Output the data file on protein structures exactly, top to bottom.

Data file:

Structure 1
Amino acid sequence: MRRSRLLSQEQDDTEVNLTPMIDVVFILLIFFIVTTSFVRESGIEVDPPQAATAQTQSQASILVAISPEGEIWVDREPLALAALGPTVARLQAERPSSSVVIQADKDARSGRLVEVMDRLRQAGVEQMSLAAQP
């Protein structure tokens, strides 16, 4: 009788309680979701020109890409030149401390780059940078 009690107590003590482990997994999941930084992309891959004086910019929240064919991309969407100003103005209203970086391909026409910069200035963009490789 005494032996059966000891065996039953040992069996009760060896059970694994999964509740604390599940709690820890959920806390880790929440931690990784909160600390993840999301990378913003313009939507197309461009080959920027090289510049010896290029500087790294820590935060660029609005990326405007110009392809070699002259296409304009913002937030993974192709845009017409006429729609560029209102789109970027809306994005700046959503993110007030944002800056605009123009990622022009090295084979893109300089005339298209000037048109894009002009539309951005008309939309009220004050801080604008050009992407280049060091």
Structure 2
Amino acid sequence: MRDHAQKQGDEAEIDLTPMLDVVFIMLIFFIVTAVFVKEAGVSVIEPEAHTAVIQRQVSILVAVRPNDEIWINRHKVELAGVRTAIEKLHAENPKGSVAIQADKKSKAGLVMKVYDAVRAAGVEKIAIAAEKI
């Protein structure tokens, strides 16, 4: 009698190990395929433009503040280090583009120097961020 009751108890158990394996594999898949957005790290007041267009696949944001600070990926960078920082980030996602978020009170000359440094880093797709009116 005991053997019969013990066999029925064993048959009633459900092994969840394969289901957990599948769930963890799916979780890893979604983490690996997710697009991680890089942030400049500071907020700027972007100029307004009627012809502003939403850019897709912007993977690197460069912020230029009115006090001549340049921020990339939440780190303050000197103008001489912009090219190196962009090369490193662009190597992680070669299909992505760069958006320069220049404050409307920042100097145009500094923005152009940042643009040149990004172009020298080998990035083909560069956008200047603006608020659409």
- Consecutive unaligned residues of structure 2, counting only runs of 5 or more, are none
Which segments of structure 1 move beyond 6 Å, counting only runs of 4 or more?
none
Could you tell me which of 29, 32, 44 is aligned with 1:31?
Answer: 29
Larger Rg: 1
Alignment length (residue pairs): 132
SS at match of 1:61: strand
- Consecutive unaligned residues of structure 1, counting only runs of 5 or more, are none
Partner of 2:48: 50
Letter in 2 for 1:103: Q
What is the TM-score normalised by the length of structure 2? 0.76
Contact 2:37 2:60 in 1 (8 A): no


Structure 1
Amino acid sequence: MRRSRLLSQEQDDTEVNLTPMIDVVFILLIFFIVTTSFVRESGIEVDPPQAATAQTQSQASILVAISPEGEIWVDREPLALAALGPTVARLQAERPSSSVVIQADKDARSGRLVEVMDRLRQAGVEQMSLAAQP
């Protein structure tokens, strides 16, 4: 009788309680979701020109890409030149401390780059940078 009690107590003590482990997994999941930084992309891959004086910019929240064919991309969407100003103005209203970086391909026409910069200035963009490789 005494032996059966000891065996039953040992069996009760060896059970694994999964509740604390599940709690820890959920806390880790929440931690990784909160600390993840999301990378913003313009939507197309461009080959920027090289510049010896290029500087790294820590935060660029609005990326405007110009392809070699002259296409304009913002937030993974192709845009017409006429729609560029209102789109970027809306994005700046959503993110007030944002800056605009123009990622022009090295084979893109300089005339298209000037048109894009002009539309951005008309939309009220004050801080604008050009992407280049060091």
Structure 2
Amino acid sequence: MRDHAQKQGDEAEIDLTPMLDVVFIMLIFFIVTAVFVKEAGVSVIEPEAHTAVIQRQVSILVAVRPNDEIWINRHKVELAGVRTAIEKLHAENPKGSVAIQADKKSKAGLVMKVYDAVRAAGVEKIAIAAEKI
């Protein structure tokens, strides 16, 4: 009698190990395929433009503040280090583009120097961020 009751108890158990394996594999898949957005790290007041267009696949944001600070990926960078920082980030996602978020009170000359440094880093797709009116 005991053997019969013990066999029925064993048959009633459900092994969840394969289901957990599948769930963890799916979780890893979604983490690996997710697009991680890089942030400049500071907020700027972007100029307004009627012809502003939403850019897709912007993977690197460069912020230029009115006090001549340049921020990339939440780190303050000197103008001489912009090219190196962009090369490193662009190597992680070669299909992505760069958006320069220049404050409307920042100097145009500094923005152009940042643009040149990004172009020298080998990035083909560069956008200047603006608020659409």
- Consecutive unaligned residues of structure 2, counting only runs of 5 or more, are none
Which segments of structure 1 move beyond 6 Å, counting only runs of 4 or more?
none
Could you tell me which of 29, 32, 44 is aligned with 1:31?
Answer: 29
Larger Rg: 1
Alignment length (residue pairs): 132
SS at match of 1:61: strand
- Consecutive unaligned residues of structure 1, counting only runs of 5 or more, are none
Partner of 2:48: 50
Letter in 2 for 1:103: Q
What is the TM-score normalised by the length of structure 2? 0.76
Contact 2:37 2:60 in 1 (8 A): no